HIPPARCOS FAQ Q 26 (third internal link from bottom, if you only get to top of page)

    Q. How far away (PC or LY) was, or what was the smallest parallax for, the most distant star measured by the Hipparcos satellite? I have seen varying numbers - one ESA publication stated that it was 1000 LY while I've seen various astronomy professors say it was on the order of 3000 LY. For whatever maximum distance is correct, can I assume that Hipparcos pretty much mapped all the stars within that distance from the Earth - i.e., the # in the Hipparcos catalog plus the # in the Tycho catalog? I suppose if I knew how to search the Hipparcos and Tycho catalogs, I could determine this answer, but I thought I'd ask anyway.

    A. Let's talk in terms of angles (a parallax of 1 milliarcsec means a distance of 1000 pc). You will find very small values of the parallax in the catalogue, e.g. 0.1 milliarcsec which formally would mean a distance of 10,000 pc. There are even negative parallaxes, which physically means nothing. The important point is also the accuracy of these estimates. If we measure 0.1 milliarcsec, and the accuracy is 1 milliarcsec, it doesn't mean that we have really determined a distance of 10,000 pc. So there is not really a simply answer to your question "what is the max distance measured"... it depends on the accuracy you are happy to accept. Many workers say that only want to work with distances accurate to say 10%. For a typical measurement accuracy of 1 milliarcsec, this will mean stars with parallaxes greater than 10 milliarcsec, i.e. stars within just 100 pc of the Sun. If you're happy with distance accuracies of 20%, our measurements extend out to around 200 pc. But not every star out to these distances was measured by Hipparcos, so the catalogue is certainly not complete to these distances.

    So, negative parallax physically means nothing?

    It would of course be meaningless on the assumption it is parallax. That is, if it is inverse apparent movement to our real one, seen from a distance. In that case a negative parallax is physically impossible and MUST be an error.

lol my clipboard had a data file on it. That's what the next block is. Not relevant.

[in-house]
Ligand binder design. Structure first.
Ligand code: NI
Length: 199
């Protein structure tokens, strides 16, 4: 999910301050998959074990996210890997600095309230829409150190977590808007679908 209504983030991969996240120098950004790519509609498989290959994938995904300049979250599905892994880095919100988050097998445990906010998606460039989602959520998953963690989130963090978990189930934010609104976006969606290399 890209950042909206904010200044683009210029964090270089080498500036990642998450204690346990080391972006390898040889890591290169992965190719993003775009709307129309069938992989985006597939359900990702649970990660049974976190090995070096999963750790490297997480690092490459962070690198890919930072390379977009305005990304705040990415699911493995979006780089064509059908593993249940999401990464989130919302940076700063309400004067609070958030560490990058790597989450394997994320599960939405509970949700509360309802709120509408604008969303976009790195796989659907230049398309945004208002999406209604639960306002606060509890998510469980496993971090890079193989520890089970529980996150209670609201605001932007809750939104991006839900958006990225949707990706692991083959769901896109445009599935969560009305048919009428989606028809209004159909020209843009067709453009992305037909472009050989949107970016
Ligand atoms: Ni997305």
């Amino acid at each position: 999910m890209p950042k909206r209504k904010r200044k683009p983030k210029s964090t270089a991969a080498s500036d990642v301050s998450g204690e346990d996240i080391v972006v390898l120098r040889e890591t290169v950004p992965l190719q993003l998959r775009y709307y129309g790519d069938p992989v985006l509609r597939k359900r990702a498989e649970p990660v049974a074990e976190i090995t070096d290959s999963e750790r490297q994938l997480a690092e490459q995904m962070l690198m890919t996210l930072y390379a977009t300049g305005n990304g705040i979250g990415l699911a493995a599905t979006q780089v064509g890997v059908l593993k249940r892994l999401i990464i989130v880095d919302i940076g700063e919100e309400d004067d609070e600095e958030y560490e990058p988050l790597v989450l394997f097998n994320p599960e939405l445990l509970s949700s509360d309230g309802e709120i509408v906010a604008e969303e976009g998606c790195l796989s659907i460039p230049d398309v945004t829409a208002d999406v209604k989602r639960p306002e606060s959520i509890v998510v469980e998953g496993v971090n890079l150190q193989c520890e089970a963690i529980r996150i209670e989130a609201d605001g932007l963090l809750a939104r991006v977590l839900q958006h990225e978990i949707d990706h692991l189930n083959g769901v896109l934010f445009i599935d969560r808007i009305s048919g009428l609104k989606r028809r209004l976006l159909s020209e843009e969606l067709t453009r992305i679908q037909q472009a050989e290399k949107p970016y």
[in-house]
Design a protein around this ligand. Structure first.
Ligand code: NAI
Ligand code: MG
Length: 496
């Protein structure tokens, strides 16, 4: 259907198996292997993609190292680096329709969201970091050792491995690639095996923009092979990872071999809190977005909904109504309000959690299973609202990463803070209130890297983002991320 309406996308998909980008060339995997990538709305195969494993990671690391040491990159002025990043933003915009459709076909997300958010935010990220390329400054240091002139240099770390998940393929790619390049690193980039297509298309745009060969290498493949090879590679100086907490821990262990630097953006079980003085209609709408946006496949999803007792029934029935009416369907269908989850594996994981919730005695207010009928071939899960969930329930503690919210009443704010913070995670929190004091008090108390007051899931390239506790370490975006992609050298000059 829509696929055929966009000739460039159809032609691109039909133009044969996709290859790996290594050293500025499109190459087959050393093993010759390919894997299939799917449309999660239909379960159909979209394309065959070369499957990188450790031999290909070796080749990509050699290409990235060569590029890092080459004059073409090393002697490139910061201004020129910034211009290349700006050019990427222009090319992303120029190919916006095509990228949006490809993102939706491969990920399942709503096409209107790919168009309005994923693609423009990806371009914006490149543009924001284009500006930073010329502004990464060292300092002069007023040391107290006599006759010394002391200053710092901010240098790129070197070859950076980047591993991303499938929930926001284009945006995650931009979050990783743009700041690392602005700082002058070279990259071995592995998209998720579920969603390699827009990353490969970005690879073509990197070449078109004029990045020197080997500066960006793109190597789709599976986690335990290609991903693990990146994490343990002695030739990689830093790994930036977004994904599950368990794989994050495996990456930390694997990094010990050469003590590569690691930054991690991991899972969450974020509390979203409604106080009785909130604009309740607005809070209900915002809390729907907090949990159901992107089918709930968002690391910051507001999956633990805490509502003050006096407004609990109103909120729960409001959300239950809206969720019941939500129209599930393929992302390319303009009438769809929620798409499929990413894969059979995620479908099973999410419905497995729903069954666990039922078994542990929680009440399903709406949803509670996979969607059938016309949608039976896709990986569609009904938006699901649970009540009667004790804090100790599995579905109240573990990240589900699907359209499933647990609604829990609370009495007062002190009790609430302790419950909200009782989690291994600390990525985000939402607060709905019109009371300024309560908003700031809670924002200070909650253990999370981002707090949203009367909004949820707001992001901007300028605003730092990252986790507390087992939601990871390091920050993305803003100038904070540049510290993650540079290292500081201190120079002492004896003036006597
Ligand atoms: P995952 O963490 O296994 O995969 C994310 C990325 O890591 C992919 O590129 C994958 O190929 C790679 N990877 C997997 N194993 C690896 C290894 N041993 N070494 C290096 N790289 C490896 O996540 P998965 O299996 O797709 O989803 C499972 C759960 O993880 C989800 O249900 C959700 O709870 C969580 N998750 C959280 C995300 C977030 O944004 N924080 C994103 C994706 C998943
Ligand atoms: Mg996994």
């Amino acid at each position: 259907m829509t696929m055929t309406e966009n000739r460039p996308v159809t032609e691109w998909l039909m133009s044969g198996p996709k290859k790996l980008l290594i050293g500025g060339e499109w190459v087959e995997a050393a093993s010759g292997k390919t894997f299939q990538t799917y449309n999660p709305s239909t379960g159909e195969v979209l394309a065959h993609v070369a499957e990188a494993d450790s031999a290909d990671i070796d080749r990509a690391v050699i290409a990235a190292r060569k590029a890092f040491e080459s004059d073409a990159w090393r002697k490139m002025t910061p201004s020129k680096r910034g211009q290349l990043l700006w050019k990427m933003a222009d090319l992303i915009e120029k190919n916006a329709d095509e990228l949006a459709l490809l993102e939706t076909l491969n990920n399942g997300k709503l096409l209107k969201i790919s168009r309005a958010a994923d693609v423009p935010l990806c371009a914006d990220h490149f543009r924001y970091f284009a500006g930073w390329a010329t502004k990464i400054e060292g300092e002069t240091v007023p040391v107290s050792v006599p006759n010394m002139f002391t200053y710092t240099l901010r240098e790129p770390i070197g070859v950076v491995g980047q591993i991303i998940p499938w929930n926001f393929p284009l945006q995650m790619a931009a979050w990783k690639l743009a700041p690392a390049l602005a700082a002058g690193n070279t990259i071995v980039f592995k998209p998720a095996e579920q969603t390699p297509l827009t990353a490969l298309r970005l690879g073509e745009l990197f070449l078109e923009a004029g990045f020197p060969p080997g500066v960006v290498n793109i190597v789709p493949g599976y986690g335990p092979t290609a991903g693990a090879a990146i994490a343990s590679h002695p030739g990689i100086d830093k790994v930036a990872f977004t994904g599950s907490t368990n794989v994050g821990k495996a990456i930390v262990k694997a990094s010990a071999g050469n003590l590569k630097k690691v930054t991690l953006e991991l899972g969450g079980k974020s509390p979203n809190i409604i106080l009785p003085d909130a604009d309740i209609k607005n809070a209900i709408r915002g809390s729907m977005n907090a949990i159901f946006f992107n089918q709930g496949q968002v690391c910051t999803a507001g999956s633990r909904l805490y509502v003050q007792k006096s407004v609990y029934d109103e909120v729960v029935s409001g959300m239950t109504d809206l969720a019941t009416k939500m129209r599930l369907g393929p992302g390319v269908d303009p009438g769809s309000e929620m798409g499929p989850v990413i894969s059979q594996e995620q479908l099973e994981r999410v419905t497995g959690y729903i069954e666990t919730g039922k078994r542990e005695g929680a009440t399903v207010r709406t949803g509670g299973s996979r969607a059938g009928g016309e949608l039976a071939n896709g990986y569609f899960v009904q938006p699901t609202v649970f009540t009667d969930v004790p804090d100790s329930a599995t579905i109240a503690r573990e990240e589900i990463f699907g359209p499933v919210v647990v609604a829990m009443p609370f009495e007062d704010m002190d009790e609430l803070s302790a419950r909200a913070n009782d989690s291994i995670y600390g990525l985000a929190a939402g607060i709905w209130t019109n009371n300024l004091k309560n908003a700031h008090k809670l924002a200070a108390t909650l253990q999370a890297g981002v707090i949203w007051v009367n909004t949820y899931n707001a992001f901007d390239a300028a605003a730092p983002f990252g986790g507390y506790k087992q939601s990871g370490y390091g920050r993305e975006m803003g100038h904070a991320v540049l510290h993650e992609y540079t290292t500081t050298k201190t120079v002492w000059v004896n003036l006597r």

Not if it is made by angels and really is the movement of the star.

  2. Quoting, dividing and answering #3 by VociMike:

    Physically, how can negative parallax exist? An object at infinity will have zero parallax, all closer objects will have positive parallax (maybe too small to measure).

    Exactly - and exactly why negative parallax is a give away against Heliocentric theory about parallax being parallax.

    Besides, what does this have to do with geocentrism? Whether the earth moves relative to the stars, or the stars move relative to the earth, the parallax will be the same.

    The angles observed are the same, but if we live in a geocentric universe, their nature need not be parallactic.


    The negative numbers are just as large as the positive numbers and just as evenly distributed.
    I am trying to determine if this is true. So far, I have yet to see this substantiated. Your initial link does not reference any evidence.
    It references the Hipparcos database itself.

    The Hipparcos and Tycho Catalogues
    Multiparameter Search Tool

    Make sure you select the Tycho main catalog. Then search for a range of 500 > 700 mas. You will get about 30 stars. Now search the range of -700 > -500 and you will get about 45 stars. If you search from -900 > -700 you will actually find 2 stars. So there are actually more and larger negative parallax readings than there are positive parallax readings.